Corporate executives are bracing for regulatory judgment calls on how they handle derisking through lump-sum payments and annuity purchases, lobbyists say.
Plan executives have been closely watching the Labor Department's ERISA Advisory Council, which has spent much of the year looking at lump sums and annuities and considering ways to improve regulatory oversight of the practices. Council members represent diverse interests, including employers, unions, retiree advocates, lawyers and insurers.
That effort culminated with recommendations presented Nov. 5 to Assistant Secretary Phyllis Borzi, who heads the Employee Benefits Security Administration. The council stopped short of recommending a formal rule-making process.
Instead, council members recommended the Department of Labor consider ways to develop more explicit guidance for plan executives and more disclosure for employees on how the derisking strategies are calculated and implemented, and what is their potential impact on participants.
“That's the balancing act,” said Craig Rosenthal, a partner in Mercer's retirement risk and finance practice in New York, who works with companies that already have derisked, or are considering it now, primarily through offering lump sums. “If the additional guidance became too burdensome, then I think the sponsors would have to rethink whether it's worthwhile.”
The council heard testimony in September and October on whether the DOL should provide for a notice and comment period before issuing additional guidance in several key areas. One is the distinction between when an employer is deciding to derisk and the fiduciary responsibilities of the plan sponsor when carrying out the transactions. Another is whether to expand rules for how plan sponsors select the safest annuity, and a third is what type of participant disclosures are needed before electing lump-sum distributions.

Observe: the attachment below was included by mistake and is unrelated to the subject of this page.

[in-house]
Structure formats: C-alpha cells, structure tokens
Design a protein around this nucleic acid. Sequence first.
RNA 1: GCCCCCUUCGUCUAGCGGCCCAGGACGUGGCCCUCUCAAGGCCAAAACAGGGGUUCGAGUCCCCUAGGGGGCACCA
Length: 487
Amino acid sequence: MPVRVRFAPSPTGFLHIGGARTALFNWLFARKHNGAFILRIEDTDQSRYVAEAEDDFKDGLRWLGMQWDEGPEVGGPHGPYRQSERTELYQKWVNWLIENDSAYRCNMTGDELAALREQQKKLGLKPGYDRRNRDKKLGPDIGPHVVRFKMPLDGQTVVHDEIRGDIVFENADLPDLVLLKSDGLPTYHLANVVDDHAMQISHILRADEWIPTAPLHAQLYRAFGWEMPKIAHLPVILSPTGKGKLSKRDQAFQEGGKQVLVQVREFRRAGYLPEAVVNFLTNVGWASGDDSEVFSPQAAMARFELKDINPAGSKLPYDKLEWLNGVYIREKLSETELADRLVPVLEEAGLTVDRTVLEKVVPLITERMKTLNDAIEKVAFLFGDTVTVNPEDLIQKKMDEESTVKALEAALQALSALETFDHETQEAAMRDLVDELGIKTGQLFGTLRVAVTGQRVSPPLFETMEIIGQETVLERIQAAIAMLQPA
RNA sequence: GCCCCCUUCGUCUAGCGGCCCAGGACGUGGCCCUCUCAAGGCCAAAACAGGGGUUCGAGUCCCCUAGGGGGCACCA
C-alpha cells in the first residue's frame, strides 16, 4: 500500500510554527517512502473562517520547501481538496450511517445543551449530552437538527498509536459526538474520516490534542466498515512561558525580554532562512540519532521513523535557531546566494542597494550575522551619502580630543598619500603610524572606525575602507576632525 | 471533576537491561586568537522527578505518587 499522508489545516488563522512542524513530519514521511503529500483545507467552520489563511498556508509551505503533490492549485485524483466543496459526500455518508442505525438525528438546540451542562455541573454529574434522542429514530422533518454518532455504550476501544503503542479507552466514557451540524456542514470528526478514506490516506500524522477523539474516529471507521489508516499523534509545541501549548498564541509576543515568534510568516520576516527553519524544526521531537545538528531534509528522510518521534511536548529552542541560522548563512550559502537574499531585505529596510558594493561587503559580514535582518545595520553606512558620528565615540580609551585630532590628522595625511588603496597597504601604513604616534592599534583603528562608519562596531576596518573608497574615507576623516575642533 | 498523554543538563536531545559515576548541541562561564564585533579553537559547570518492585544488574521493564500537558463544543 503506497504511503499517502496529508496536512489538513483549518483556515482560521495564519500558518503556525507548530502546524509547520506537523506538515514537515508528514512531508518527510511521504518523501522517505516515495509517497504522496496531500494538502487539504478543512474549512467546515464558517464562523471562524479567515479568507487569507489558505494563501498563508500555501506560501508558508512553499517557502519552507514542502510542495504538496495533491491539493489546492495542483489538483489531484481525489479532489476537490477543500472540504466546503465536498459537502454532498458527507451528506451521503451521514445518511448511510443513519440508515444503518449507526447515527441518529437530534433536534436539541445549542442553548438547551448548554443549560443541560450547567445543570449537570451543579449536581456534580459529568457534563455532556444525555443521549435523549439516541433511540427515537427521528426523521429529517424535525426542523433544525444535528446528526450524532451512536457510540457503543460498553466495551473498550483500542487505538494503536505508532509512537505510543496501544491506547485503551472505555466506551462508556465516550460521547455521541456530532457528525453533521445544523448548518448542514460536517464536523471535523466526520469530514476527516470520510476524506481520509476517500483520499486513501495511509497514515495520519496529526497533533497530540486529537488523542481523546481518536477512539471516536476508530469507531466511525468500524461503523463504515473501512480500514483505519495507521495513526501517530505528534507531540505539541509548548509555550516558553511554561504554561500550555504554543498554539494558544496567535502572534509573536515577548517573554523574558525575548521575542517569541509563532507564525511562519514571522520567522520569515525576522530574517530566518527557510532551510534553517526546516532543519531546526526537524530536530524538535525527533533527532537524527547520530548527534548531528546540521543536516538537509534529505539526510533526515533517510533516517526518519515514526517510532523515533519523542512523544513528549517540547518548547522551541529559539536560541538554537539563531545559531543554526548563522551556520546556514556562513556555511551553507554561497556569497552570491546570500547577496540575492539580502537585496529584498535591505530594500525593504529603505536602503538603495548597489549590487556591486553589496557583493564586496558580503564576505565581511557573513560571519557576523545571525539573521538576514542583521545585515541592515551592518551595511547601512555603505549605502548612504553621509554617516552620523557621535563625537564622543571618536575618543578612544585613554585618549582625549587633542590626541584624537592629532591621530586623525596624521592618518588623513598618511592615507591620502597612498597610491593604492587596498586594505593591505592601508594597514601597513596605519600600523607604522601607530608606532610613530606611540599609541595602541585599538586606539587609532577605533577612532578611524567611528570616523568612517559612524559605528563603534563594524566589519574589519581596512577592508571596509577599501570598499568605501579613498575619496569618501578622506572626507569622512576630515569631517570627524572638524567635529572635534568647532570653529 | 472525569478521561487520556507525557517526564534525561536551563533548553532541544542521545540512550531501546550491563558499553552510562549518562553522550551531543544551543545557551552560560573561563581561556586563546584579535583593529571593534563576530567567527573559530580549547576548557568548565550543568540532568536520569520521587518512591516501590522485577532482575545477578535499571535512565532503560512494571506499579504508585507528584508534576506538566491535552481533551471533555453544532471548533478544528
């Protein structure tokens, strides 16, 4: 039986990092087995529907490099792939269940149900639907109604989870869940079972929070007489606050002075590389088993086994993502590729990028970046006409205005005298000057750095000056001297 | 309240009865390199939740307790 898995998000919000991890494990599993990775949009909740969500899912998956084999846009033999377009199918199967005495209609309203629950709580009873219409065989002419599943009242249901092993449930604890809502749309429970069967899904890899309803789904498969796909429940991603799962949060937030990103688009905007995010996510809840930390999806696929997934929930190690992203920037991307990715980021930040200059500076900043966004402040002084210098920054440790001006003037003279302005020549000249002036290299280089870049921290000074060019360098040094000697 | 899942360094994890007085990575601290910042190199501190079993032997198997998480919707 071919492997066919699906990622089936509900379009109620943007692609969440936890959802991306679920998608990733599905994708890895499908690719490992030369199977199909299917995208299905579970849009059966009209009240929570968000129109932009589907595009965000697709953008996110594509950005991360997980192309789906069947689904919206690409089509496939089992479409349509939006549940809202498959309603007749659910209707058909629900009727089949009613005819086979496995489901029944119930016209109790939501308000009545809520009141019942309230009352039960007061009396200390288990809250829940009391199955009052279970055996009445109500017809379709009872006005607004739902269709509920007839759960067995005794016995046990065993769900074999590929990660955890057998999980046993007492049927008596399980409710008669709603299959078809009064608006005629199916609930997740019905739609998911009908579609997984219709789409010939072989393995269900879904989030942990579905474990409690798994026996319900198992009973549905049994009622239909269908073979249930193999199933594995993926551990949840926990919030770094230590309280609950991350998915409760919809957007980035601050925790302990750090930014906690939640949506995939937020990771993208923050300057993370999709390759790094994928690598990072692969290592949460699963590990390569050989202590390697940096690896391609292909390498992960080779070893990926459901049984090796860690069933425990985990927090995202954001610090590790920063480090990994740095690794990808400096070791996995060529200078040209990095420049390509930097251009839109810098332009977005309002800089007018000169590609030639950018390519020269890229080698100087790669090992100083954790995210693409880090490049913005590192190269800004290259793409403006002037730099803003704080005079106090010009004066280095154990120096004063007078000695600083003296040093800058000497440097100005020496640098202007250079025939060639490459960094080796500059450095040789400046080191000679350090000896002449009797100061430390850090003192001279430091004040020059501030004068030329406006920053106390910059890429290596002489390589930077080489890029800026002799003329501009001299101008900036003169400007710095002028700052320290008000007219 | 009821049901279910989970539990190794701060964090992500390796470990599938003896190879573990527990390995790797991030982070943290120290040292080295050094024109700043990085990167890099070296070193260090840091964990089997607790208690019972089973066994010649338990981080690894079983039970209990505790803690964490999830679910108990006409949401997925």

The council also recommended that DOL officials:
nclarify that the rules for selecting annuities, known as Interpretive Bulletin 95-1, apply to any annuity purchase, not just those made for a plan termination, and consider developing safe harbors for those purchases;
nprovide at least 90 days' disclosure for lump-sum offerings within a specific window, similar to plan termination notices, to allow participants to compare their options; and
nprovide education and outreach to plan sponsors on their options and consider collecting transaction data.
Careful to balance the need for immediate guidance on some issues and the importance of public input before any major legal changes are made, council members felt it best to let EBSA officials figure out the next steps. They agreed, however, that any changes should only be made prospectively.
“We certainly heard a lot of different perspectives, and we worked hard to achieve balance,” said Richard Turner, who chaired the advisory council's derisking issue group.
“Hearing those perspectives really underscored the value of the process that we went through. We tried to focus on areas where plan sponsors, plan participants and the voluntary system as a whole could benefit from additional guidance,” said Mr. Turner, who is vice president and general counsel of the Variable Annuity Life Insurance Co. in Houston. “We encourage people to read the (council's)report” when it comes out in early 2014.
Employer advocates, who worry DOL officials would err on the side of protecting participants from possible missteps or abuses, were disappointed to lose their bid for a formal process of notice and comment.
“Changing rules without full public vetting is not good policy,” and can have “immediate, harmful effects,” said Lynn Dudley, senior vice president of policy for the American Benefits Council in Washington.
Ms. Dudley said her group will work with the EBSA and other stakeholders to continue the dialogue with regulators.